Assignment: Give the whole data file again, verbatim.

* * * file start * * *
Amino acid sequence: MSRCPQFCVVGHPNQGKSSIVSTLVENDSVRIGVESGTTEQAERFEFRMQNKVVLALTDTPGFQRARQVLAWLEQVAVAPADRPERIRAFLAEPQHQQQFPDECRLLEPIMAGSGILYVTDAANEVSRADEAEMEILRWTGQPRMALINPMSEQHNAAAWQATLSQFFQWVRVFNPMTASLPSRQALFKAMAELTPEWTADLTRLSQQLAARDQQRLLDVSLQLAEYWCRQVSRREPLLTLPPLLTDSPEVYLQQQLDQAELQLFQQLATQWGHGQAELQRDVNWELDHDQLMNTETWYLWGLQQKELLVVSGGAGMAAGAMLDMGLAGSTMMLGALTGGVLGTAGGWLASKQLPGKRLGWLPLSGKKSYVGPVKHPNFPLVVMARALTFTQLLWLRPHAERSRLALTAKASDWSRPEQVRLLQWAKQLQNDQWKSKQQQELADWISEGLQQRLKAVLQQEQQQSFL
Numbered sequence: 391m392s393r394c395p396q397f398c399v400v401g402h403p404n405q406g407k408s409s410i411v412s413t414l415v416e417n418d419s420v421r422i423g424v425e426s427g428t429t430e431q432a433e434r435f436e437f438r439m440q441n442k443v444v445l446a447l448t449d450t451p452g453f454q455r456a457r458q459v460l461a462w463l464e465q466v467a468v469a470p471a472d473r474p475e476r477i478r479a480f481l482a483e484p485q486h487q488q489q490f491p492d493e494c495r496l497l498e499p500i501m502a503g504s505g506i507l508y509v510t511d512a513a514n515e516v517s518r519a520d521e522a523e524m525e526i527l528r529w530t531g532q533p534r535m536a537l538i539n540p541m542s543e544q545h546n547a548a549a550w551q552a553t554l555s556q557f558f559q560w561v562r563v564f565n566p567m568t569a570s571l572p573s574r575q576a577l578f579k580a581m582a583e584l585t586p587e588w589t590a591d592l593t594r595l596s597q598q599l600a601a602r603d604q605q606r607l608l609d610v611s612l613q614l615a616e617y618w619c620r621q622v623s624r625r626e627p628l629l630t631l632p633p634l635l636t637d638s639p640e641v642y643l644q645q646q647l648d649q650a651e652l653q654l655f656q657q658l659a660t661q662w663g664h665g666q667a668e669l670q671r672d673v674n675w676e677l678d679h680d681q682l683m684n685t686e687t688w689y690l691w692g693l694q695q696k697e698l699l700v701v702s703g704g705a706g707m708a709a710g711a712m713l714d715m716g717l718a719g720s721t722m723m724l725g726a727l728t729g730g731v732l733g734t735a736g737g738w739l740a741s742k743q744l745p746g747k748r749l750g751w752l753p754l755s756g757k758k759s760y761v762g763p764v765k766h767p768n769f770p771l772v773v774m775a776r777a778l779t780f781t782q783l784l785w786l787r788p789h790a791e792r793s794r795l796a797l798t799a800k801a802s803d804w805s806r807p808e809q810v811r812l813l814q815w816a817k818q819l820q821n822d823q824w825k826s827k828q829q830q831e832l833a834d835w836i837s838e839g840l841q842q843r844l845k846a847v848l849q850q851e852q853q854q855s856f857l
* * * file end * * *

Amino acid sequence: MSRCPQFCVVGHPNQGKSSIVSTLVENDSVRIGVESGTTEQAERFEFRMQNKVVLALTDTPGFQRARQVLAWLEQVAVAPADRPERIRAFLAEPQHQQQFPDECRLLEPIMAGSGILYVTDAANEVSRADEAEMEILRWTGQPRMALINPMSEQHNAAAWQATLSQFFQWVRVFNPMTASLPSRQALFKAMAELTPEWTADLTRLSQQLAARDQQRLLDVSLQLAEYWCRQVSRREPLLTLPPLLTDSPEVYLQQQLDQAELQLFQQLATQWGHGQAELQRDVNWELDHDQLMNTETWYLWGLQQKELLVVSGGAGMAAGAMLDMGLAGSTMMLGALTGGVLGTAGGWLASKQLPGKRLGWLPLSGKKSYVGPVKHPNFPLVVMARALTFTQLLWLRPHAERSRLALTAKASDWSRPEQVRLLQWAKQLQNDQWKSKQQQELADWISEGLQQRLKAVLQQEQQQSFL
Numbered sequence: 391m392s393r394c395p396q397f398c399v400v401g402h403p404n405q406g407k408s409s410i411v412s413t414l415v416e417n418d419s420v421r422i423g424v425e426s427g428t429t430e431q432a433e434r435f436e437f438r439m440q441n442k443v444v445l446a447l448t449d450t451p452g453f454q455r456a457r458q459v460l461a462w463l464e465q466v467a468v469a470p471a472d473r474p475e476r477i478r479a480f481l482a483e484p485q486h487q488q489q490f491p492d493e494c495r496l497l498e499p500i501m502a503g504s505g506i507l508y509v510t511d512a513a514n515e516v517s518r519a520d521e522a523e524m525e526i527l528r529w530t531g532q533p534r535m536a537l538i539n540p541m542s543e544q545h546n547a548a549a550w551q552a553t554l555s556q557f558f559q560w561v562r563v564f565n566p567m568t569a570s571l572p573s574r575q576a577l578f579k580a581m582a583e584l585t586p587e588w589t590a591d592l593t594r595l596s597q598q599l600a601a602r603d604q605q606r607l608l609d610v611s612l613q614l615a616e617y618w619c620r621q622v623s624r625r626e627p628l629l630t631l632p633p634l635l636t637d638s639p640e641v642y643l644q645q646q647l648d649q650a651e652l653q654l655f656q657q658l659a660t661q662w663g664h665g666q667a668e669l670q671r672d673v674n675w676e677l678d679h680d681q682l683m684n685t686e687t688w689y690l691w692g693l694q695q696k697e698l699l700v701v702s703g704g705a706g707m708a709a710g711a712m713l714d715m716g717l718a719g720s721t722m723m724l725g726a727l728t729g730g731v732l733g734t735a736g737g738w739l740a741s742k743q744l745p746g747k748r749l750g751w752l753p754l755s756g757k758k759s760y761v762g763p764v765k766h767p768n769f770p771l772v773v774m775a776r777a778l779t780f781t782q783l784l785w786l787r788p789h790a791e792r793s794r795l796a797l798t799a800k801a802s803d804w805s806r807p808e809q810v811r812l813l814q815w816a817k818q819l820q821n822d823q824w825k826s827k828q829q830q831e832l833a834d835w836i837s838e839g840l841q842q843r844l845k846a847v848l849q850q851e852q853q854q855s856f857l